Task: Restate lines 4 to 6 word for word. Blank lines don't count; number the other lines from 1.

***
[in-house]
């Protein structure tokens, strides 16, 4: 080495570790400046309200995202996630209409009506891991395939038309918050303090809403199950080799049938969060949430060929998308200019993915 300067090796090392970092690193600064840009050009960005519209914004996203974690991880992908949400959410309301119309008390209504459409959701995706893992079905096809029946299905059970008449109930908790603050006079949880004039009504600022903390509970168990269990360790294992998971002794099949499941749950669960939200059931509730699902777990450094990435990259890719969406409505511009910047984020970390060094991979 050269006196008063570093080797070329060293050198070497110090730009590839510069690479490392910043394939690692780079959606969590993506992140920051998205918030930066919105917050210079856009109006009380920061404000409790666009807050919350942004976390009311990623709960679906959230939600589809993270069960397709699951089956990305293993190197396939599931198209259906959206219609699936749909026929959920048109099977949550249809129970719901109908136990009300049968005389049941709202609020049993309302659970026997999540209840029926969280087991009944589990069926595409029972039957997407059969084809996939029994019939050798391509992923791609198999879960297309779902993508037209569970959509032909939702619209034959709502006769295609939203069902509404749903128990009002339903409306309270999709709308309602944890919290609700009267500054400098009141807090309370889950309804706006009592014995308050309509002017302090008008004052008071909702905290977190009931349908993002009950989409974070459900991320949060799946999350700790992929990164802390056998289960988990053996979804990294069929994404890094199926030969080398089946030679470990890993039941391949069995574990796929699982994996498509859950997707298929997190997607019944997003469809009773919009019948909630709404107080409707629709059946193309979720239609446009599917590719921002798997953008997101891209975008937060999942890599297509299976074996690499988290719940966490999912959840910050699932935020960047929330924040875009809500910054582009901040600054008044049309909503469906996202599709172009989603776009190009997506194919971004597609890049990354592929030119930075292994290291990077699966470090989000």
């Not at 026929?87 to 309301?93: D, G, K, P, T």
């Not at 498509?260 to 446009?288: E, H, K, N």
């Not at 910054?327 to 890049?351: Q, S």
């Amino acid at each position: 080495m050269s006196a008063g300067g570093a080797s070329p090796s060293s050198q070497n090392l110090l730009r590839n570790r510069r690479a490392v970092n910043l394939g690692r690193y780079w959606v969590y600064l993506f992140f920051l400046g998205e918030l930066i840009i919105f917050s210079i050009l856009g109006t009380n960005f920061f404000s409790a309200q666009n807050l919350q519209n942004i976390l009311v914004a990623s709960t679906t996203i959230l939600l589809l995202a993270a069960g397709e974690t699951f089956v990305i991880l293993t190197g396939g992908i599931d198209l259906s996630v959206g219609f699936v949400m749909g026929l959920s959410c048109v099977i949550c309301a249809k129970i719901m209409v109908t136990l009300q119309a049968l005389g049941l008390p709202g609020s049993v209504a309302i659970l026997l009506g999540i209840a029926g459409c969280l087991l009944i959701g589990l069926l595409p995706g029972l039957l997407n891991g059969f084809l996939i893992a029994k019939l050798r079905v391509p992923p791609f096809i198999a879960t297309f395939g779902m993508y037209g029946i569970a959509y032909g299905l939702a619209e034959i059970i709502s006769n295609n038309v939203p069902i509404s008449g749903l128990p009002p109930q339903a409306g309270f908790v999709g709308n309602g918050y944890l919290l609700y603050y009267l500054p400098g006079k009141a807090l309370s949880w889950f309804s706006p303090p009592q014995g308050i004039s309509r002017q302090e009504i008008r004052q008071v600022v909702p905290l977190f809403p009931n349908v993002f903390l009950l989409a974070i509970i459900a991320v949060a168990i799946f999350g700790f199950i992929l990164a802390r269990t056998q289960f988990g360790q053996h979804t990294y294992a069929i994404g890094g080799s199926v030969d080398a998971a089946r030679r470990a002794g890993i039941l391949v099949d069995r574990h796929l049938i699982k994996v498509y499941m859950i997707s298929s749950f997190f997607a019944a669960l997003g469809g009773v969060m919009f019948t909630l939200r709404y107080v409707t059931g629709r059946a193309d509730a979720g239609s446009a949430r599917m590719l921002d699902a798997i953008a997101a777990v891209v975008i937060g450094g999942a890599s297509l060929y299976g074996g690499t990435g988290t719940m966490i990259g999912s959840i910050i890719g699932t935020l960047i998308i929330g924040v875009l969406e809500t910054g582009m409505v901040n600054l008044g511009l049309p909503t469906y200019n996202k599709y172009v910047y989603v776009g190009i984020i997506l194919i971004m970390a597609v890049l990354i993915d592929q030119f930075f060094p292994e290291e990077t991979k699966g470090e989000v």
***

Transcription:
């Not at 498509?260 to 446009?288: E, H, K, N």
């Not at 910054?327 to 890049?351: Q, S």
């Amino acid at each position: 080495m050269s006196a008063g300067g570093a080797s070329p090796s060293s050198q070497n090392l110090l730009r590839n570790r510069r690479a490392v970092n910043l394939g690692r690193y780079w959606v969590y600064l993506f992140f920051l400046g998205e918030l930066i840009i919105f917050s210079i050009l856009g109006t009380n960005f920061f404000s409790a309200q666009n807050l919350q519209n942004i976390l009311v914004a990623s709960t679906t996203i959230l939600l589809l995202a993270a069960g397709e974690t699951f089956v990305i991880l293993t190197g396939g992908i599931d198209l259906s996630v959206g219609f699936v949400m749909g026929l959920s959410c048109v099977i949550c309301a249809k129970i719901m209409v109908t136990l009300q119309a049968l005389g049941l008390p709202g609020s049993v209504a309302i659970l026997l009506g999540i209840a029926g459409c969280l087991l009944i959701g589990l069926l595409p995706g029972l039957l997407n891991g059969f084809l996939i893992a029994k019939l050798r079905v391509p992923p791609f096809i198999a879960t297309f395939g779902m993508y037209g029946i569970a959509y032909g299905l939702a619209e034959i059970i709502s006769n295609n038309v939203p069902i509404s008449g749903l128990p009002p109930q339903a409306g309270f908790v999709g709308n309602g918050y944890l919290l609700y603050y009267l500054p400098g006079k009141a807090l309370s949880w889950f309804s706006p303090p009592q014995g308050i004039s309509r002017q302090e009504i008008r004052q008071v600022v909702p905290l977190f809403p009931n349908v993002f903390l009950l989409a974070i509970i459900a991320v949060a168990i799946f999350g700790f199950i992929l990164a802390r269990t056998q289960f988990g360790q053996h979804t990294y294992a069929i994404g890094g080799s199926v030969d080398a998971a089946r030679r470990a002794g890993i039941l391949v099949d069995r574990h796929l049938i699982k994996v498509y499941m859950i997707s298929s749950f997190f997607a019944a669960l997003g469809g009773v969060m919009f019948t909630l939200r709404y107080v409707t059931g629709r059946a193309d509730a979720g239609s446009a949430r599917m590719l921002d699902a798997i953008a997101a777990v891209v975008i937060g450094g999942a890599s297509l060929y299976g074996g690499t990435g988290t719940m966490i990259g999912s959840i910050i890719g699932t935020l960047i998308i929330g924040v875009l969406e809500t910054g582009m409505v901040n600054l008044g511009l049309p909503t469906y200019n996202k599709y172009v910047y989603v776009g190009i984020i997506l194919i971004m970390a597609v890049l990354i993915d592929q030119f930075f060094p292994e290291e990077t991979k699966g470090e989000v």